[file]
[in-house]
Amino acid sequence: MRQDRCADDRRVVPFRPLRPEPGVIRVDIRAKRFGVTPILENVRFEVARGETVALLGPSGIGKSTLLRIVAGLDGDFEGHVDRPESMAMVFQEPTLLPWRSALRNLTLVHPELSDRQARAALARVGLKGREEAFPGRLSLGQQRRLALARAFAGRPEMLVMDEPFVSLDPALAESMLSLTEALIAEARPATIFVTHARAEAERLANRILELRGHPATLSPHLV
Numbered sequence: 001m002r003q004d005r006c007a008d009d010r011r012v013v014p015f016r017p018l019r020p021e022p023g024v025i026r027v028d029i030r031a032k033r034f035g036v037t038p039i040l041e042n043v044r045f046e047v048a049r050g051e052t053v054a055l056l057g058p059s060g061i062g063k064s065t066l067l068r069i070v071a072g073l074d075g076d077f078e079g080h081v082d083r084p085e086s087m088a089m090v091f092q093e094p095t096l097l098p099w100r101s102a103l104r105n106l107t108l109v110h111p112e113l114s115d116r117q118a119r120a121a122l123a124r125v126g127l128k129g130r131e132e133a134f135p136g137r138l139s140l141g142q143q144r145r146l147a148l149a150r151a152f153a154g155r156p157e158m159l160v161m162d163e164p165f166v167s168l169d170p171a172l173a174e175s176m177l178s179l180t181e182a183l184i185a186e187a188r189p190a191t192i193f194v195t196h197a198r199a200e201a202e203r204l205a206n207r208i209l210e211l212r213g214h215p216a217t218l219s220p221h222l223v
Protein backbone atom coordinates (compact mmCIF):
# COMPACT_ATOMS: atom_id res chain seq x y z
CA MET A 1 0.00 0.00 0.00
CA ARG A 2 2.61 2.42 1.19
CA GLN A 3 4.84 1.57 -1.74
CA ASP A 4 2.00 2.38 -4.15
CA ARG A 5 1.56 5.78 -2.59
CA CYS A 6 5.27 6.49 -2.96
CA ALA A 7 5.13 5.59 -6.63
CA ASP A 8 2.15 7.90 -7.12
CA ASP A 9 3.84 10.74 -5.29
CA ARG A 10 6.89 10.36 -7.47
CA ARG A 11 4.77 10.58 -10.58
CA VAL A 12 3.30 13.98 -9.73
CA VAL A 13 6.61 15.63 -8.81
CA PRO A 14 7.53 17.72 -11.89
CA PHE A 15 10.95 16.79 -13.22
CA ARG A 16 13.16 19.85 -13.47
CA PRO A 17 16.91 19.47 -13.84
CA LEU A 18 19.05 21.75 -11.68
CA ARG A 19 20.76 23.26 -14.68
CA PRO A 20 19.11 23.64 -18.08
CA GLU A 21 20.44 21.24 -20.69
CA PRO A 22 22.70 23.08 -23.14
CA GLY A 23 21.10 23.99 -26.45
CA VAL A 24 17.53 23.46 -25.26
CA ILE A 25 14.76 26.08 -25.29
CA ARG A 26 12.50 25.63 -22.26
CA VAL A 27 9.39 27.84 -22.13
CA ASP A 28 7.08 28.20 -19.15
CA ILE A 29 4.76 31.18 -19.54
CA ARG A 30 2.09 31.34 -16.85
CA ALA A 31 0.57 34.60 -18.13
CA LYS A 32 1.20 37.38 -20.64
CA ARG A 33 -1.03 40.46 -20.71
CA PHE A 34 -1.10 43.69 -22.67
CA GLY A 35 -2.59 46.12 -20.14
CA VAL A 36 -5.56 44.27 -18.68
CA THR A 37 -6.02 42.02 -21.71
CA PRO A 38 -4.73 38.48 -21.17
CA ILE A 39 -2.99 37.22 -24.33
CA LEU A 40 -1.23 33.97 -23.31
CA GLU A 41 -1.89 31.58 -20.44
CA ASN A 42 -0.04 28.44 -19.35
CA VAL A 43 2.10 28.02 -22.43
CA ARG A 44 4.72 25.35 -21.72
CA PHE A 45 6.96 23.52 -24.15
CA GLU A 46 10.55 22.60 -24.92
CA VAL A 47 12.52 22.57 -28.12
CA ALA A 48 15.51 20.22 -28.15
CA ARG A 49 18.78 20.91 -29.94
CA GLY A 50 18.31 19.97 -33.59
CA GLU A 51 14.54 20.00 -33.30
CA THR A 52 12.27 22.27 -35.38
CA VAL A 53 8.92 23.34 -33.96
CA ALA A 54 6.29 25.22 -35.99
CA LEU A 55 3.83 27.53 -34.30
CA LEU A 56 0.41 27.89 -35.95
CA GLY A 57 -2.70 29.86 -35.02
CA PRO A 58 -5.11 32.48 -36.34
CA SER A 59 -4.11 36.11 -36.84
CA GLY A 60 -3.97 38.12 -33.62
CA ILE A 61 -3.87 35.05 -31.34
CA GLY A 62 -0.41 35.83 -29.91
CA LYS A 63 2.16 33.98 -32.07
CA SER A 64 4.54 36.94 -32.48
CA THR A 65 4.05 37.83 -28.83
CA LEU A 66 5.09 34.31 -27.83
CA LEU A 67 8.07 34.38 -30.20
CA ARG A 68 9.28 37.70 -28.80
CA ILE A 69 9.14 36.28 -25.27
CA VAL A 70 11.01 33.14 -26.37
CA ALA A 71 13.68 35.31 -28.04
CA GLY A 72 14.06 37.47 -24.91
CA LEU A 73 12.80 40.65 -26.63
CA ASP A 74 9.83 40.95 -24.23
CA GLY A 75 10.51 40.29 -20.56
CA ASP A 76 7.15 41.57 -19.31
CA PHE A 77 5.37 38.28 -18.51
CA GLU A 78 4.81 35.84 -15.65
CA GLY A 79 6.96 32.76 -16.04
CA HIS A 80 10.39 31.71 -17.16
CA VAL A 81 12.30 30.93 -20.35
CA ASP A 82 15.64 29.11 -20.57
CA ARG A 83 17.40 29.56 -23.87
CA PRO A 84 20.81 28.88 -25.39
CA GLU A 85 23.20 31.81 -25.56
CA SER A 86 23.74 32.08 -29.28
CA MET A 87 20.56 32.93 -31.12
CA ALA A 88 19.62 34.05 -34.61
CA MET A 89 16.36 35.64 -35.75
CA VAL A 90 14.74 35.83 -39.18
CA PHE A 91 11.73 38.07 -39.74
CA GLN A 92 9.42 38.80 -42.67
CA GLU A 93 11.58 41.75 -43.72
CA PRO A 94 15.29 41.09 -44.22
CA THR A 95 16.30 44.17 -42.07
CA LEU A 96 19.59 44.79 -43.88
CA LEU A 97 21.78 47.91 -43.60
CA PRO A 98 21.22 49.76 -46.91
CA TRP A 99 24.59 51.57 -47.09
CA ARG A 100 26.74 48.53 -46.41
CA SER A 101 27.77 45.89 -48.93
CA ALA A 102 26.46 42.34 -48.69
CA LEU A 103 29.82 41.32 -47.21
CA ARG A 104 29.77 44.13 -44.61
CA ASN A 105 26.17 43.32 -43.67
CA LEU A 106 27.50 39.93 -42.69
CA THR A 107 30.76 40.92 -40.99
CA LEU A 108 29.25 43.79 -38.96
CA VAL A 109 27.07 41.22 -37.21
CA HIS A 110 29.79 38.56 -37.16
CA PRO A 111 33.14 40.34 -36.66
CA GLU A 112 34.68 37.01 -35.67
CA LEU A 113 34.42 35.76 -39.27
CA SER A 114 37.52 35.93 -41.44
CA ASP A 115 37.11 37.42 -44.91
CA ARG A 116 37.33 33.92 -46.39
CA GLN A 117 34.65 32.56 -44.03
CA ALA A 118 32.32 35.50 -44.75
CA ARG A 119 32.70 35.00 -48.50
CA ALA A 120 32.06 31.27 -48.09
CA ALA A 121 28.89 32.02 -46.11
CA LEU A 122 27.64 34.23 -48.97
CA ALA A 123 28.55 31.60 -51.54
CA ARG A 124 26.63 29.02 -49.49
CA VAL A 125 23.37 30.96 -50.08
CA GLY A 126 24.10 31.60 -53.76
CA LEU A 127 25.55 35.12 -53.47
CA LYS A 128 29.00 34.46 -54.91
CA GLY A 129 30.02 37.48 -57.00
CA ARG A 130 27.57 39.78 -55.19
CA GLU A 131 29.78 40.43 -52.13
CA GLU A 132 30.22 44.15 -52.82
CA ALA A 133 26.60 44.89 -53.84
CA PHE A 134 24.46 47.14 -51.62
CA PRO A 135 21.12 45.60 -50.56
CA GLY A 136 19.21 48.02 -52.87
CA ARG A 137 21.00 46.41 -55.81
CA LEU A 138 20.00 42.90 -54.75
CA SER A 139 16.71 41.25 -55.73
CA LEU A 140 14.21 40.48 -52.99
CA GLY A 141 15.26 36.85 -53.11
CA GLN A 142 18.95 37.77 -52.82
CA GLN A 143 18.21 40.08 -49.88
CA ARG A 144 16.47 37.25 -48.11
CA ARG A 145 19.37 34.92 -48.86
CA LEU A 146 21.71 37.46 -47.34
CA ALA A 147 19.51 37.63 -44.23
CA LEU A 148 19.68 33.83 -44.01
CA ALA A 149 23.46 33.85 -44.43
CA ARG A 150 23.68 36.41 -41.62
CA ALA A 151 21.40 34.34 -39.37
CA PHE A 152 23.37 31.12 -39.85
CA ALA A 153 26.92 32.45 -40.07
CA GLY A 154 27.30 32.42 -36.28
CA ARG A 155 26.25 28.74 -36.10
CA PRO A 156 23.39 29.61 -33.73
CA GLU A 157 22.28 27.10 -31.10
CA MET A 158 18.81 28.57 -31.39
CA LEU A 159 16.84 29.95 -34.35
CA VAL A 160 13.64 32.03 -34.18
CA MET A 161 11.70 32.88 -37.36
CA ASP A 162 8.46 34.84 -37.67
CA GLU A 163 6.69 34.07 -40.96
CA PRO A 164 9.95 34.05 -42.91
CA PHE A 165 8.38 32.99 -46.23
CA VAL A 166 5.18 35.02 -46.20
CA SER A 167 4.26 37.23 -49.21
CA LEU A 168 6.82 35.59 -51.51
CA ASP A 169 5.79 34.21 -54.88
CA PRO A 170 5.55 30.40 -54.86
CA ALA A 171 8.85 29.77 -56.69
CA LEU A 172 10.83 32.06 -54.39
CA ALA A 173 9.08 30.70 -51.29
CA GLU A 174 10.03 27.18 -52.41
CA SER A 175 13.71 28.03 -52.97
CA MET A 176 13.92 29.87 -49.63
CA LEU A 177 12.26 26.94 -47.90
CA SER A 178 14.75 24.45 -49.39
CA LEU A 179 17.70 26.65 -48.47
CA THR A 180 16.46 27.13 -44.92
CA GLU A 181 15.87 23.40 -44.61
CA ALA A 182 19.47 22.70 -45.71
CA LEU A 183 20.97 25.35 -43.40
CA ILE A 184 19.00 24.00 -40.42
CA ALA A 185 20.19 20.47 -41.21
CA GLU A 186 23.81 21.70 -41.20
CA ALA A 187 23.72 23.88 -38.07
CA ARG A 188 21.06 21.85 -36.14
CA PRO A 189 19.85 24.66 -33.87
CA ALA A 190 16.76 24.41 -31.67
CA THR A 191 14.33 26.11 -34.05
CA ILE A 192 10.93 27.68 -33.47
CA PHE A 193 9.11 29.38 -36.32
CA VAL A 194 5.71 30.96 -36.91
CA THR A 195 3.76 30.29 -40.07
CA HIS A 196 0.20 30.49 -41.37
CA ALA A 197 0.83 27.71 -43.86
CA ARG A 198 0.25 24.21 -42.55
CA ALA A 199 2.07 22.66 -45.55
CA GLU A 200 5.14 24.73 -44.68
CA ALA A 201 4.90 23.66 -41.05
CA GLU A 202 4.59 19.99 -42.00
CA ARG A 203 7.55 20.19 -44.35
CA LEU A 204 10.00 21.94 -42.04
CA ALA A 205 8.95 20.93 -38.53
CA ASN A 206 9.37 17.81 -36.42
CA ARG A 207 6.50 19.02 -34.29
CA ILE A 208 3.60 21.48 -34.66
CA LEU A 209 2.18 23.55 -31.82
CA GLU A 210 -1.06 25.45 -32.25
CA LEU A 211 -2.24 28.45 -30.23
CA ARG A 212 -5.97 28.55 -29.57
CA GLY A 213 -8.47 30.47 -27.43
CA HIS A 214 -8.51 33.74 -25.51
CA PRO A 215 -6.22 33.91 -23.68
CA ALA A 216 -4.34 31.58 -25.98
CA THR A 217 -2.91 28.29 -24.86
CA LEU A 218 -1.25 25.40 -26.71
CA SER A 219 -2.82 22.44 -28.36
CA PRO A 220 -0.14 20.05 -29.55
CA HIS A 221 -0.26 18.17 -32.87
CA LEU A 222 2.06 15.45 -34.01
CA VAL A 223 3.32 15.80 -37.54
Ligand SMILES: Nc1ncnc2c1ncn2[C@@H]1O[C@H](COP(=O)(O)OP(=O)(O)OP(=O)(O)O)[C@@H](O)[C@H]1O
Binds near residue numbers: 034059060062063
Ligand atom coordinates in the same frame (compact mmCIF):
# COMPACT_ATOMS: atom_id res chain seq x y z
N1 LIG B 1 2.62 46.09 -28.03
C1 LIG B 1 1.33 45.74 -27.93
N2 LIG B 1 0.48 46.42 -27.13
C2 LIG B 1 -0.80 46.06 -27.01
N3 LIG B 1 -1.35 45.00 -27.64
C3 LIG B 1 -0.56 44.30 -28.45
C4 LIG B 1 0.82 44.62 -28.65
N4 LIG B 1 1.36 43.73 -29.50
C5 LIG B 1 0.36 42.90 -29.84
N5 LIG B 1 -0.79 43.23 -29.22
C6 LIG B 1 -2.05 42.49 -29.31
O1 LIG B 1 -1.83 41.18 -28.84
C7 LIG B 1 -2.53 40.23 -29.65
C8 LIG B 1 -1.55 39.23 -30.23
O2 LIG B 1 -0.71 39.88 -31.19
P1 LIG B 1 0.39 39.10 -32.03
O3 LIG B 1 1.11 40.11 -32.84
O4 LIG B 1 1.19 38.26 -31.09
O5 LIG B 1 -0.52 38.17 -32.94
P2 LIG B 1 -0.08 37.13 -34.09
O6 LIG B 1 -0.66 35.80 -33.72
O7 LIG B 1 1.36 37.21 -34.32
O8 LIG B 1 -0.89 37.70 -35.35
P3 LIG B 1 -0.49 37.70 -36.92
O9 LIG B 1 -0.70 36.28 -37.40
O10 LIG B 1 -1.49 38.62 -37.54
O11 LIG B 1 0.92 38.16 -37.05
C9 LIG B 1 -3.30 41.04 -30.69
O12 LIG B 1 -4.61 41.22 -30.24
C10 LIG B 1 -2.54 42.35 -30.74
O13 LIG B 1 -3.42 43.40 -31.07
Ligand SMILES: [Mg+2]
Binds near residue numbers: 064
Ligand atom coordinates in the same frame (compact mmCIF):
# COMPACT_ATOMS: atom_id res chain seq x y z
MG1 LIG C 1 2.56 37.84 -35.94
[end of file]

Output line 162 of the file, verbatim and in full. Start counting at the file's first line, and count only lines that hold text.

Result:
CA GLU A 157 22.28 27.10 -31.10